Ask-and-Tell Interface

Optuna has an Ask-and-Tell interface, which provides a more flexible interface for hyperparameter optimization. This tutorial explains three use-cases when the ask-and-tell interface is beneficial:

Apply Optuna to an existing optimization problem with minimum modifications

Let’s consider the traditional supervised classification problem; you aim to maximize the validation accuracy. To do so, you train LogisticRegression as a simple model.

import numpy as np
from sklearn.datasets import make_classification
from sklearn.linear_model import LogisticRegression
from sklearn.model_selection import train_test_split

import optuna


X, y = make_classification(n_features=10)
X_train, X_test, y_train, y_test = train_test_split(X, y)

C = 0.01
clf = LogisticRegression(C=C)
clf.fit(X_train, y_train)
val_accuracy = clf.score(X_test, y_test)  # the objective

Then you try to optimize hyperparameters C and solver of the classifier by using optuna. When you introduce optuna naively, you define an objective function such that it takes trial and calls suggest_* methods of trial to sample the hyperparameters:

def objective(trial):
    X, y = make_classification(n_features=10)
    X_train, X_test, y_train, y_test = train_test_split(X, y)

    C = trial.suggest_loguniform("C", 1e-7, 10.0)
    solver = trial.suggest_categorical("solver", ("lbfgs", "saga"))

    clf = LogisticRegression(C=C, solver=solver)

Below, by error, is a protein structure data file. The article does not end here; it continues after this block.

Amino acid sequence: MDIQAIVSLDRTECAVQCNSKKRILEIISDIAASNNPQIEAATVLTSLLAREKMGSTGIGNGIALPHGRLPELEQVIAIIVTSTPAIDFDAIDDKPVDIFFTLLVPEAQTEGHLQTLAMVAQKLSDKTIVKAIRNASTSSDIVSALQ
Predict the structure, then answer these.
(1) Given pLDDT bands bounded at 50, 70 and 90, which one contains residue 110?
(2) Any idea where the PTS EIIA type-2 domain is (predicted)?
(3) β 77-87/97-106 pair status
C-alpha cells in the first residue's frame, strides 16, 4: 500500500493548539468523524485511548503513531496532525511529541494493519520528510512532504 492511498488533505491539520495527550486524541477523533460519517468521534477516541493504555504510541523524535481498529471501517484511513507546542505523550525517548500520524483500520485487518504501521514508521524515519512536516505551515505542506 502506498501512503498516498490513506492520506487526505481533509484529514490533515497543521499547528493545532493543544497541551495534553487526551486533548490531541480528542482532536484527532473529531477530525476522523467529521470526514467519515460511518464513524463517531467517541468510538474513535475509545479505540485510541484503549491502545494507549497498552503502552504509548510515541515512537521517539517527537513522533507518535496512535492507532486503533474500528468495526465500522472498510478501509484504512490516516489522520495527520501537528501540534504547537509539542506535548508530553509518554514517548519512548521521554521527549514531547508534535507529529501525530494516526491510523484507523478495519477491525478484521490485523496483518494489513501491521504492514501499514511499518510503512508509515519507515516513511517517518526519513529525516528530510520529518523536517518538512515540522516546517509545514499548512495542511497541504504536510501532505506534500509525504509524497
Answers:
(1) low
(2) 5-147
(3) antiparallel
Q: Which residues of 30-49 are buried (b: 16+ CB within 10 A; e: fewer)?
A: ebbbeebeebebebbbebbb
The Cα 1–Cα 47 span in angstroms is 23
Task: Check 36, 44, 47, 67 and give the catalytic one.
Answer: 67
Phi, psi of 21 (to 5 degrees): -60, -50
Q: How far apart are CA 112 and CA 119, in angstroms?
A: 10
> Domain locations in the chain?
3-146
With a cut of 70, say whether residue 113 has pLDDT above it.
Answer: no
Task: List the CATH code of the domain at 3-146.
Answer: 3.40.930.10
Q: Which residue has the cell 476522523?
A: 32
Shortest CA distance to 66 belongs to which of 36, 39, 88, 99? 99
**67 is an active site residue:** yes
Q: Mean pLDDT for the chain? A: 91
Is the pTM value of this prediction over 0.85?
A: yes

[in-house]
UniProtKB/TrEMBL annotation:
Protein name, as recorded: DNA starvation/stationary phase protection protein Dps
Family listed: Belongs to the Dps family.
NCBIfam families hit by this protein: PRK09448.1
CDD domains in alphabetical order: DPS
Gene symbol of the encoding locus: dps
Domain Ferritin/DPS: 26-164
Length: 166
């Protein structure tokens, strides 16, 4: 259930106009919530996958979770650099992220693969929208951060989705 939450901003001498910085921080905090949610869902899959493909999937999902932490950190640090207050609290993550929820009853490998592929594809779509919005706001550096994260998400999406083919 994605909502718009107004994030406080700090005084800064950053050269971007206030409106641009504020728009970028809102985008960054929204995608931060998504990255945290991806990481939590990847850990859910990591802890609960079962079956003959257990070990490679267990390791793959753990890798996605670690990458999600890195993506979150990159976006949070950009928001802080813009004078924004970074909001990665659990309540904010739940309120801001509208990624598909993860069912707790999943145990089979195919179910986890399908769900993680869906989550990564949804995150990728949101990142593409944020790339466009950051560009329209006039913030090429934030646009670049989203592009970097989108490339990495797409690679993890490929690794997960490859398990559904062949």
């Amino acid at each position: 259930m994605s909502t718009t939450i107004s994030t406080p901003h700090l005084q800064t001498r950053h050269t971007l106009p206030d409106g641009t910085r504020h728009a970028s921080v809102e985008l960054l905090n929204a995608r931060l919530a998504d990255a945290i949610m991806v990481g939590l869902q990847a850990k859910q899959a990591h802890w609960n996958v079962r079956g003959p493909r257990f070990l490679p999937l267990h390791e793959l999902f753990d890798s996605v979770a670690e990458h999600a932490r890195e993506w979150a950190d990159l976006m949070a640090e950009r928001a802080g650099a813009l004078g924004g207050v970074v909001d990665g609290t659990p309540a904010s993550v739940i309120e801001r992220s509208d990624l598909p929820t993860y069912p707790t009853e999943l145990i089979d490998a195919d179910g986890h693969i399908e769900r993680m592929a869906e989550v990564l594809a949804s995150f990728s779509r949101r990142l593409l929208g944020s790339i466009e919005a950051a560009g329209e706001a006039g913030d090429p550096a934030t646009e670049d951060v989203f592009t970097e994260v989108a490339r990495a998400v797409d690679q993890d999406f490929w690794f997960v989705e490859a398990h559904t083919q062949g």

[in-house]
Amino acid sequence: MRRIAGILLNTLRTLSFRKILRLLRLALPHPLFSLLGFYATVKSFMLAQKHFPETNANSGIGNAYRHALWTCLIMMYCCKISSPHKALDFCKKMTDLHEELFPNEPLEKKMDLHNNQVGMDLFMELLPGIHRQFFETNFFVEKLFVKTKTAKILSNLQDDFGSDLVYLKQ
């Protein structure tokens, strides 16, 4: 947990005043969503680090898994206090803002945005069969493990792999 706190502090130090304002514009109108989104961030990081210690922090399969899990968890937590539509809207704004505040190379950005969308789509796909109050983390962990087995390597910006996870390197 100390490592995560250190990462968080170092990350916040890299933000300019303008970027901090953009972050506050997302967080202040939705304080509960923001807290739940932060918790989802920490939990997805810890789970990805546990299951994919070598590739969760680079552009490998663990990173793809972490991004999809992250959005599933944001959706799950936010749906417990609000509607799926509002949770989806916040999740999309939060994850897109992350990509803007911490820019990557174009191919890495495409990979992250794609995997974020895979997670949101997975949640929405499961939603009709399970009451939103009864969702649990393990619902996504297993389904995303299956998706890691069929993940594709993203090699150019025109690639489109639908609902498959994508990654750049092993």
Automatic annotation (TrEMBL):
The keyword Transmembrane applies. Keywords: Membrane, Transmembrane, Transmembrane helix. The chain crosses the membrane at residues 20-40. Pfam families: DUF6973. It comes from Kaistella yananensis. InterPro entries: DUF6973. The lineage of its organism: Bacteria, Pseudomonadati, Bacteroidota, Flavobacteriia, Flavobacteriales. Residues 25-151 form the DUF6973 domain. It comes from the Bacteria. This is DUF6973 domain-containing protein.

clf.fit(X_train, y_train)
    val_accuracy = clf.score(X_test, y_test)

    return val_accuracy


study = optuna.create_study(direction="maximize")
study.optimize(objective, n_trials=10)

This interface is not flexible enough. For example, if objective requires additional arguments other than trial, you need to define a class as in How to define objective functions that have own arguments?. The ask-and-tell interface provides a more flexible syntax to optimize hyperparameters. The following example is equivalent to the previous code block.

study = optuna.create_study(direction="maximize")

n_trials = 10
for _ in range(n_trials):
    trial = study.ask()  # `trial` is a `Trial` and not a `FrozenTrial`.

    C = trial.suggest_loguniform("C", 1e-7, 10.0)
    solver = trial.suggest_categorical("solver", ("lbfgs", "saga"))

    clf = LogisticRegression(C=C, solver=solver)
    clf.fit(X_train, y_train)
    val_accuracy = clf.score(X_test, y_test)

    study.tell(trial, val_accuracy)  # tell the pair of trial and objective value

The main difference is to use two methods: optuna.study.Study.ask() and optuna.study.Study.tell(). optuna.study.Study.ask() creates a trial that can sample hyperparameters, and optuna.study.Study.tell() finishes the trial by passing trial and an objective value. You can apply Optuna’s hyperparameter optimization to your original code without an objective function.

If you want to make your optimization faster with a pruner, you need to explicitly pass the state of trial to the argument of optuna.study.Study.tell() method as follows:

import numpy as np
from sklearn.datasets import load_iris
from sklearn.linear_model import SGDClassifier
from sklearn.model_selection import train_test_split

import optuna


X, y = load_iris(return_X_y=True)
X_train, X_valid, y_train, y_valid = train_test_split(X, y)
classes = np.unique(y)
n_train_iter = 100

# define study with hyperband pruner.
study = optuna.create_study(
    direction="maximize",
    pruner=optuna.pruners.HyperbandPruner(
        min_resource=1, max_resource=n_train_iter, reduction_factor=3